grant opportunities
[collaborative spaces]




GROCS 09 Exhibition

Celebrating the 5th anniversary of the GROCS program, all six 2009 projects will be on exhibit in the Gallery of the Duderstadt Center.   Join us for a very special reception Friday evening.

GROCS 09 Exhibition
April 10 – 15, 2009
Reception Friday, April 10,  5-8pm
Gallery Hourse M-F 12-6 pm

Posted in Events by linda on the April 1st, 2009

Moving In – Get Ready for the Gallery Show!

A week off from Design Reviews gave us a chance to meet as a group and discuss our upcoming gallery show. It is looking like all six teams will be able to showcase their work this semester in one space (or one plus a storage area, at least).

More details to come, but for now, block off April 10 from 5 to 8 pm for an opening reception, celebrating all the hard work of the teams thus far!

Posted in Weekly Meeting Recap by on the March 20th, 2009

ReFab Design Review

What do MC Escher, Champagne Mist (a color of Dodge Ram Trucks in 1965), and pneumatic drill presses have in common?

Check out the ReFab Design Review to find out!

View the video archive

Posted in Design Reviews by on the March 18th, 2009

Our Changing World of Sound Design Review

Our Changing World of Sound led us in an engaging discussion about the history of sound scapes and showed us a plan and prototype for their final installation.

View the video archive

Posted in Design Reviews by on the March 13th, 2009

Digitizing Knoweldge – Design Reviews 1 AND 2!

Digitizing Knowledge has finished not one but two design reviews in the past few weeks. Their first review is recapped here, but the videos have finally made their way onto the interwebs.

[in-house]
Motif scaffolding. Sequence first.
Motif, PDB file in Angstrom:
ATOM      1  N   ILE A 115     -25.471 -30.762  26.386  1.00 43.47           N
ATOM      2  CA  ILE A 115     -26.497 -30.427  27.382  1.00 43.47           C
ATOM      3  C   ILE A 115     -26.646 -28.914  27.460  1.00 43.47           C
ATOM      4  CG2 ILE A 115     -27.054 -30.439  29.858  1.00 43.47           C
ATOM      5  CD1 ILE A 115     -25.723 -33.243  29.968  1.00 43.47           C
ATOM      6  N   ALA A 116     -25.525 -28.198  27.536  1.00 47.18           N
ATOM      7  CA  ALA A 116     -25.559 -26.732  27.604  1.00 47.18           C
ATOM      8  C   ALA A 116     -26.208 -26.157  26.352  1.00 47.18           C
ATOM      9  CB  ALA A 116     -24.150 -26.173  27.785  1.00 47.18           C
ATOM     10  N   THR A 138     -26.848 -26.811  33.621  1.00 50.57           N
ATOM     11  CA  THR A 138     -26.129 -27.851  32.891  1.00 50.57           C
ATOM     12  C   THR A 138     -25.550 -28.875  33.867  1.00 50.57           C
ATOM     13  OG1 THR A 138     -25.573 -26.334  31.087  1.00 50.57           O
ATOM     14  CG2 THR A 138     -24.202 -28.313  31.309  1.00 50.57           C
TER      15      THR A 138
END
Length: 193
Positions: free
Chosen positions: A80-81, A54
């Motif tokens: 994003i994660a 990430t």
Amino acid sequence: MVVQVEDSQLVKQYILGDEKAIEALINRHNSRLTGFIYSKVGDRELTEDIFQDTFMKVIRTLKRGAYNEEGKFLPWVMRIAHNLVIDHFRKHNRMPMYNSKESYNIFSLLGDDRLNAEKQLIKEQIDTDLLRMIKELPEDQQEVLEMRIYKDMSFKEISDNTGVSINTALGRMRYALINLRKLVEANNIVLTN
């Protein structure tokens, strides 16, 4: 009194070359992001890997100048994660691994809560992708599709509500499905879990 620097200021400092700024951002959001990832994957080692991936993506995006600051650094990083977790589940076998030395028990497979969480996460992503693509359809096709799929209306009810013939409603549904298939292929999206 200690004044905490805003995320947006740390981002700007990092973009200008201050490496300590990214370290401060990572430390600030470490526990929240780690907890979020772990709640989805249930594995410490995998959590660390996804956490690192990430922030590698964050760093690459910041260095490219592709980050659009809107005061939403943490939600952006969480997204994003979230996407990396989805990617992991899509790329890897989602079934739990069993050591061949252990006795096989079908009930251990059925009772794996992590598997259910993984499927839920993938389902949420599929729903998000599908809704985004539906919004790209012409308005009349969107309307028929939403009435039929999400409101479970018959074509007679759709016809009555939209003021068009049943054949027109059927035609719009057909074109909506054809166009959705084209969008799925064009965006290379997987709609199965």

View the video archive

In episode two, the team shares the results of their interviews and subsequent presentation about digitizing archives.

View the video archive

Posted in Design Reviews by on the March 13th, 2009

Urmila Venkatesh

By Alan Bush

“I believe that everyone has a great story to tell, and often people don’t realize their own narrative gift. I like to tell others’ stories, but more often, I like to empower others to believe their story is worth sharing. Especially when it challenges a narrative being told by a more powerful entity.”

Thus Urmila explains her passion for visual ethnographies, or the art and practice of studying particular communities and representing them visually. While primarily a photographer, she dabbles in drawing to bring to life South Asian communities in urban areas of the US. Recent work has examined “how immigrants root themselves in public spaces to create ethnic enclaves and centers of community.”
Art and community are important themes, one’s that Urmila would like to continue after her studies, either educating on or employing art as a tool for community empowerment, or developing collaborative learning centers within universities. “The Digital Media Commons is a great example of the kind of initiative I am interested in.”

When asked what figure from history she would most like to talk with, she replied, “Raghubir Singh documented his native India in an unparalleled style, with a profound ability to translate movement and power and noise into a still image.” If she had the chance to sit and talk over dinner, she would quiz him on his thoughts behind the published work, “particularly about the Western gaze, about India in a colonial and post-colonial age, about what it means to make photographs as an insider or an outsider.”